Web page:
Good question! You can increase the likelihood that we show authorship for your site by only using authorship markup on pages that meet these criteria:The URL/page contains a single article (or subsequent versions of the article) or single piece of content, by the same author. This means that the page isn’t a list of articles or an updating feed. If the author frequently switches on the page, then the annotation is no longer helpful to searchers and is less likely to be featured.
The URL/page consists primarily of content written by the author.
Showing a clear byline on the page, stating the author wrote the article and using the same name as used on their Google+ profile.
You’re free to write articles in the manner you prefer -- your users may really like the Pied Piper idea. However, for authorship annotation in search results, Google prefers to feature a human who wrote the content. By doing so, authorship annotation better indicates that a search result is the perspective of a person, and this helps add credibility for searchers.
Again, because currently we want to feature people, link authorship markup to an individual’s profile rather than linking to a company’s Google+ Page.
In your scenario, both articles:
should link to the same Google+ profile in the author’s language of choice.
In the current search user interface, we only support one author per article, blog post, etc. We’re still experimenting to find the optimal outcome for searchers when more than one author is specified.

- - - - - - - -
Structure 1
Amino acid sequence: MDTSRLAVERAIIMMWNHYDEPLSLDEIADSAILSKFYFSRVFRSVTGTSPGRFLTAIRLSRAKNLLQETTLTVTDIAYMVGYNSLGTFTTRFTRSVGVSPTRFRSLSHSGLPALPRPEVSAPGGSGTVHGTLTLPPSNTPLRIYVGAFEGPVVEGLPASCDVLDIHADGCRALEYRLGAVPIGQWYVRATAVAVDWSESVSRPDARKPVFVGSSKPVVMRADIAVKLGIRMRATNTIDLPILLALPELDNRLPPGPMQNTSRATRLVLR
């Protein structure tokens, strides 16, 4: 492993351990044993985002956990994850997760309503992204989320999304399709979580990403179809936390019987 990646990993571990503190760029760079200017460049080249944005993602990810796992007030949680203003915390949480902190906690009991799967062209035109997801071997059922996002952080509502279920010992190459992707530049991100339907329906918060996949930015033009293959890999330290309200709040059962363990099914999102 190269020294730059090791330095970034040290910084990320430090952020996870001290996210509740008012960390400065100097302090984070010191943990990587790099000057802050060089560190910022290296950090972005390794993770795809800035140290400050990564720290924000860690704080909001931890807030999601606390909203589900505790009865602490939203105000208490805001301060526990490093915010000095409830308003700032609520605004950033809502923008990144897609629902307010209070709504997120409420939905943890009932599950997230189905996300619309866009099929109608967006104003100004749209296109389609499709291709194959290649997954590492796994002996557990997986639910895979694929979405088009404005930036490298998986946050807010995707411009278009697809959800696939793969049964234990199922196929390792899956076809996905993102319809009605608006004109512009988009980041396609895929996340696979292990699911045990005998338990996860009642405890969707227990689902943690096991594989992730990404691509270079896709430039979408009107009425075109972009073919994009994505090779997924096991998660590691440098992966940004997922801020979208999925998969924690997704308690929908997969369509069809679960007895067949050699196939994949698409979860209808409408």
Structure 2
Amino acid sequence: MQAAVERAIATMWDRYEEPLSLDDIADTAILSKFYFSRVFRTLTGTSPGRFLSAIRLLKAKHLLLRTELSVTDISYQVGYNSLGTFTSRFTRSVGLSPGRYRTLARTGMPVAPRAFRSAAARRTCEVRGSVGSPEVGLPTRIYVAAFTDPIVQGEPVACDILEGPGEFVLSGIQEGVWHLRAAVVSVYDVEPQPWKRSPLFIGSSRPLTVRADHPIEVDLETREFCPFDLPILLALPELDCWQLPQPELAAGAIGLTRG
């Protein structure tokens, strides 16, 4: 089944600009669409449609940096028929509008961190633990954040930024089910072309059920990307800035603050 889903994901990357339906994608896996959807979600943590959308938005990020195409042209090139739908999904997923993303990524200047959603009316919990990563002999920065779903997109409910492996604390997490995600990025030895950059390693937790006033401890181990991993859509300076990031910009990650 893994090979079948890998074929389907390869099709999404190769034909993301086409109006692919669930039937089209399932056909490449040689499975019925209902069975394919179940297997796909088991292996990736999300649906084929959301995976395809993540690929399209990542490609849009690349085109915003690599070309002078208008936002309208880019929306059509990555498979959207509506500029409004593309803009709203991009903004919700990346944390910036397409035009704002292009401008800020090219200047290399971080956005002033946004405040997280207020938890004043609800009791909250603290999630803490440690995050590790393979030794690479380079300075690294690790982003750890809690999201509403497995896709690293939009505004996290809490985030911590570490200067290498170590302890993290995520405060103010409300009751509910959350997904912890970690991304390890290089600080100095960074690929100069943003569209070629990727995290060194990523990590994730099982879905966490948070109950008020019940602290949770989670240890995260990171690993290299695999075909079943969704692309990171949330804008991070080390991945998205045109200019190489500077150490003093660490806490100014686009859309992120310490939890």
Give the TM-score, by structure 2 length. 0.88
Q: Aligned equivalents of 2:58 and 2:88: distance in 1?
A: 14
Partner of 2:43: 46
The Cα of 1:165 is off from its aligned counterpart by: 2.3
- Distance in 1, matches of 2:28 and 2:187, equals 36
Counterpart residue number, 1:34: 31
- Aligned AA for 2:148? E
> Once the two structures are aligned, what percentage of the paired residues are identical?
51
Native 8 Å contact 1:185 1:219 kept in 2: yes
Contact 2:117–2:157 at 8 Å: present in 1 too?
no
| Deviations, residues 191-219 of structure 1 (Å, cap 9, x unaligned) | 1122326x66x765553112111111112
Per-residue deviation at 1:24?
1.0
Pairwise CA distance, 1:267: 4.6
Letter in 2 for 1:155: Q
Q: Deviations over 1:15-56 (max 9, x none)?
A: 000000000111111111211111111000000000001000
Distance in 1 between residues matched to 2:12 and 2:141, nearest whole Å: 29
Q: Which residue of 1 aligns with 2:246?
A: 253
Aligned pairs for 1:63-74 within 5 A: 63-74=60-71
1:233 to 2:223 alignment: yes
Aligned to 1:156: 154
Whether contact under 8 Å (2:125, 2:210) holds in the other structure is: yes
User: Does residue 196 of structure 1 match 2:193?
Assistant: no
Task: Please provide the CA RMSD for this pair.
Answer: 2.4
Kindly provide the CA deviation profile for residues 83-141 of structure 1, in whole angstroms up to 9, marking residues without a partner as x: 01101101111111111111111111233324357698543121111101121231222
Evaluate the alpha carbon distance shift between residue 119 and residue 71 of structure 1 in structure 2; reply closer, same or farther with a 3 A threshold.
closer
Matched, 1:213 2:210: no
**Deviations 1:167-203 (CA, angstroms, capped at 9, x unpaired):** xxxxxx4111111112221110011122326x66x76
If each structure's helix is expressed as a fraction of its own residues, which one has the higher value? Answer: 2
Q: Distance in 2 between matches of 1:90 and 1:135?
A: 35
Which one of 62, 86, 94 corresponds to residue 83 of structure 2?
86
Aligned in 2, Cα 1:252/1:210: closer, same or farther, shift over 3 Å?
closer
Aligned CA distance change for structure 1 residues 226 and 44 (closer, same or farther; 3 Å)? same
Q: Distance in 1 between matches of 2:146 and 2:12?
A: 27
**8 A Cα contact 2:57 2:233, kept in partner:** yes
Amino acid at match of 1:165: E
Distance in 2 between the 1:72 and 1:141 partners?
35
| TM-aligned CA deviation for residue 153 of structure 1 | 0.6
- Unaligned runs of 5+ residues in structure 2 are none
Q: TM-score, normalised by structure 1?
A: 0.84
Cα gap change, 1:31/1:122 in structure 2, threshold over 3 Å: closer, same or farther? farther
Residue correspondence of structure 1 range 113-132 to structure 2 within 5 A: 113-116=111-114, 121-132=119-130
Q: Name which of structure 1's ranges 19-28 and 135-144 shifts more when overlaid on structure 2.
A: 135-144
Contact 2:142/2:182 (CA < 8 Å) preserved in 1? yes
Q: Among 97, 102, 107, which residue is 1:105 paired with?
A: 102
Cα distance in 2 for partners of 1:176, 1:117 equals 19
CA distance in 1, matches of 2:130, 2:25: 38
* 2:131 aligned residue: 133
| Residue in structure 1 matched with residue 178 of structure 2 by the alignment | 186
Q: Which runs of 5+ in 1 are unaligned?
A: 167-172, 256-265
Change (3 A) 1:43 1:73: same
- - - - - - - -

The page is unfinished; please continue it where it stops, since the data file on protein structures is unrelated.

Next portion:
The fastest way to prevent authorship annotation is to make the author’s Google+ profile not discoverable in search results. Otherwise, if you still want to keep your profile in search results, then you can remove any profile or contributor links to the website, or remove the markup so that it no longer connects with your profile.
rel=publisher helps a business create a shared identity by linking the business’ website (often from the homepage) to the business’ Google+ Page. rel=author helps individuals (authors!) associate their individual articles from a URL or website to their Google+ profile. While rel=author and rel=publisher are both link relationships, they’re actually completely independent of one another.
Authorship annotation is useful to searchers because it signals that a page conveys a real person’s perspective or analysis on a topic. Since property listings and product pages are less perspective/analysis oriented, we discourage using authorship in these cases. However, an article about products that provides helpful commentary, such as, “Camera X vs. Camera Y: Faceoff in the Arizona Desert” could have authorship.
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